These bright red salmonberry leaves caught my eye when I was walking home recently. Salmonberries don’t usually show much color, and to the extent they do, it seems like it is usually just a muted yellow as the leaves transition from green to brown. There were also just a couple of branches with bright red leaves.
Generally speaking, Sitka is not a place you would visit in search of fall colors. The vast majority of vegetated land is covered in evergreen forests. The most abundant deciduous trees (alders) have leaves that fall while still green or they just turn brown with little or no reds and yellows in transition. In some the introduced European Mt. Ash (Sorbus aucuparia) will show a fair amount of yellow and orange, and there are some other introduced trees that will show color as well.
The native plants that I’ve noticed most consistently showing reasonably bright fall colors are smaller plants. These include the dwarf blueberry (Vaccinium caespitosum), Tufted Bulrush (Trichophorum cespitosum), and Deer Cabbage (Nephrophilidium crista-galli). These are not the only ones, but they are the ones that seem most obvious to me (or at least the ones I’m remembering as I write this).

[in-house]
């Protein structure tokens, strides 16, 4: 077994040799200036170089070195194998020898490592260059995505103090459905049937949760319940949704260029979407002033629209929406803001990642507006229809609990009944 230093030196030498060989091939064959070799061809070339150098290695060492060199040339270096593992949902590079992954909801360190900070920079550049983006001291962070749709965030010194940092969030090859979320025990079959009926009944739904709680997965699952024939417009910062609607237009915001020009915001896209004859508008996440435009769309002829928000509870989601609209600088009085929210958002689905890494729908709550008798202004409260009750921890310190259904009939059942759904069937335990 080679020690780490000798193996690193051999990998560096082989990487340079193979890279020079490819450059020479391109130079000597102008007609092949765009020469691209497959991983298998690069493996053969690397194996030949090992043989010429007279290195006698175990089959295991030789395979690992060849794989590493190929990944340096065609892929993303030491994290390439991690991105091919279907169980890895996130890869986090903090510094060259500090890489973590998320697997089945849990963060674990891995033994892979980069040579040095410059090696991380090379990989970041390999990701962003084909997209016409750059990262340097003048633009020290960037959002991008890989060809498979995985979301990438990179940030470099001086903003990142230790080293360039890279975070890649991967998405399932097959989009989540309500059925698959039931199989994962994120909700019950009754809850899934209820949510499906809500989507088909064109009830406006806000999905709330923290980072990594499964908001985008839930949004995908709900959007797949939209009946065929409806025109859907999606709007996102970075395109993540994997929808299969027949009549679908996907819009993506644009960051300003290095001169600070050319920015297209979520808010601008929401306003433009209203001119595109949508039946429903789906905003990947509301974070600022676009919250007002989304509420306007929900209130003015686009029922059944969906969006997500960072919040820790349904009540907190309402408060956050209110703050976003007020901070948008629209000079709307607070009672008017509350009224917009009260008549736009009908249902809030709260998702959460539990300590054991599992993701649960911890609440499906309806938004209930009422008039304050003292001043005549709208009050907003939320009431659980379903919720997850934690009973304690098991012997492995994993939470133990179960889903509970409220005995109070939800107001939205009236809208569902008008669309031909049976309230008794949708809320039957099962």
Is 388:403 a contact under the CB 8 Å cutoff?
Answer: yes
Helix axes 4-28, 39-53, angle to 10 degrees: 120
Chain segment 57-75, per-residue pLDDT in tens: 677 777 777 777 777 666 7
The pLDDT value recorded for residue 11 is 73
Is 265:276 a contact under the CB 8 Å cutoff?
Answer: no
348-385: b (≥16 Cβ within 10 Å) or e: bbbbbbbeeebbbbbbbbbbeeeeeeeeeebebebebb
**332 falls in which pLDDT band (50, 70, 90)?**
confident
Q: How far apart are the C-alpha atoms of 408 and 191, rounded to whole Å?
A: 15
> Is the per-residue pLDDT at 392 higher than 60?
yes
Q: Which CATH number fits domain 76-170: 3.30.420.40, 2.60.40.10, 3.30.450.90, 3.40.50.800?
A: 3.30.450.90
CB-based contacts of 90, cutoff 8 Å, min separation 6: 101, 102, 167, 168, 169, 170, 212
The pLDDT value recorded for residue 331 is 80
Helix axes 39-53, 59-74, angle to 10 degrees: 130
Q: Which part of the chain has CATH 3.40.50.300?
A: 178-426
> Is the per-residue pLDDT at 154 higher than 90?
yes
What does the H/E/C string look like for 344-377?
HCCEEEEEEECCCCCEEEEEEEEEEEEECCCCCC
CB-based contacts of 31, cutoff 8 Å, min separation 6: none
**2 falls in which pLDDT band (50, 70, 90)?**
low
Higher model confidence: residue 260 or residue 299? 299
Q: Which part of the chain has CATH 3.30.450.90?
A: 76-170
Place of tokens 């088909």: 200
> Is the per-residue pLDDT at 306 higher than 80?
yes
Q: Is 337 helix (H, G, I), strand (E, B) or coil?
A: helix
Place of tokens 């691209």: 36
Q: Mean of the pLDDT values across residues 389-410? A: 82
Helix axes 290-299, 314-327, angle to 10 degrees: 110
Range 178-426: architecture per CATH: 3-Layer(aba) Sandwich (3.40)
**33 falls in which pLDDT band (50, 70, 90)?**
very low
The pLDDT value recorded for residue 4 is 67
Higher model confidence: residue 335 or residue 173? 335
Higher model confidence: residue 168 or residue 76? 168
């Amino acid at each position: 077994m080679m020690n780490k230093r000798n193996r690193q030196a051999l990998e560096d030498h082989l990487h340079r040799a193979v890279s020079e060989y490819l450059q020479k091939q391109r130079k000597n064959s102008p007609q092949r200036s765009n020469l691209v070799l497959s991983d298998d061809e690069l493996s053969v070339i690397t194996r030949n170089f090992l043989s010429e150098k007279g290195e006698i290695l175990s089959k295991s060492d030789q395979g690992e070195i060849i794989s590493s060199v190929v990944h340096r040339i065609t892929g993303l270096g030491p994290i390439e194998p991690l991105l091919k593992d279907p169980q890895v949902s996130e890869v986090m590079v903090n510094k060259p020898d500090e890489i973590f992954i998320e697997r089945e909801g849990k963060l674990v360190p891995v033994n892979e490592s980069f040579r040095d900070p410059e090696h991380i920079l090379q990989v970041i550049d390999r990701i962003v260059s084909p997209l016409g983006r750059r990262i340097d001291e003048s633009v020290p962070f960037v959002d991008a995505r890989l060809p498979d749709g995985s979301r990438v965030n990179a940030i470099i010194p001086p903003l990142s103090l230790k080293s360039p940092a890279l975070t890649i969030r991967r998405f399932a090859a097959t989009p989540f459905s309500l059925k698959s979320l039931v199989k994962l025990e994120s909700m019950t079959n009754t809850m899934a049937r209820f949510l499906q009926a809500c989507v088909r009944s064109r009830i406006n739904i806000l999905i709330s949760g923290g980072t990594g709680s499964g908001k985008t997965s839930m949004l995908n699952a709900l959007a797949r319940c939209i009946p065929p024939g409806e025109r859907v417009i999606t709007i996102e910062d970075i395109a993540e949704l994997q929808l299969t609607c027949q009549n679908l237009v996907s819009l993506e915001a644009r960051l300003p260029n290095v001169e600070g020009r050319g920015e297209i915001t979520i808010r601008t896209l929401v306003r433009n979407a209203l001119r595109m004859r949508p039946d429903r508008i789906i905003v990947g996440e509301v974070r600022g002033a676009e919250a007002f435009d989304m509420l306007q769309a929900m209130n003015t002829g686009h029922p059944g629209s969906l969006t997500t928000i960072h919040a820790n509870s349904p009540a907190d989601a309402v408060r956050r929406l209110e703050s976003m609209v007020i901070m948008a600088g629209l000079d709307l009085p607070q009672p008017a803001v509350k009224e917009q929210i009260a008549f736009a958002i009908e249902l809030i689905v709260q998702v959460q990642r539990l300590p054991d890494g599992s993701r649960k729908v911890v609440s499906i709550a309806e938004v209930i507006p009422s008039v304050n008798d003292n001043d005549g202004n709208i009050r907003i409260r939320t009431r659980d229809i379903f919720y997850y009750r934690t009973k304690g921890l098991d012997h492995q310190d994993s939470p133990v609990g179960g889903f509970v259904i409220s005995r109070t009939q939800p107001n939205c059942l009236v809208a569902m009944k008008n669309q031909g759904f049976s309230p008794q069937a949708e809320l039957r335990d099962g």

Both the bulrush and blueberries can be found in low elevation muskegs, with the blueberries turn a pinkish color and the bulrush a rather striking yellow. Deer cabbage can also be found at low elevations, but I associate the bright yellow fall colors with plants just above the tree line. Sometimes it is possible to see the patches of bright yellow up on the mountain ridges from some distance away.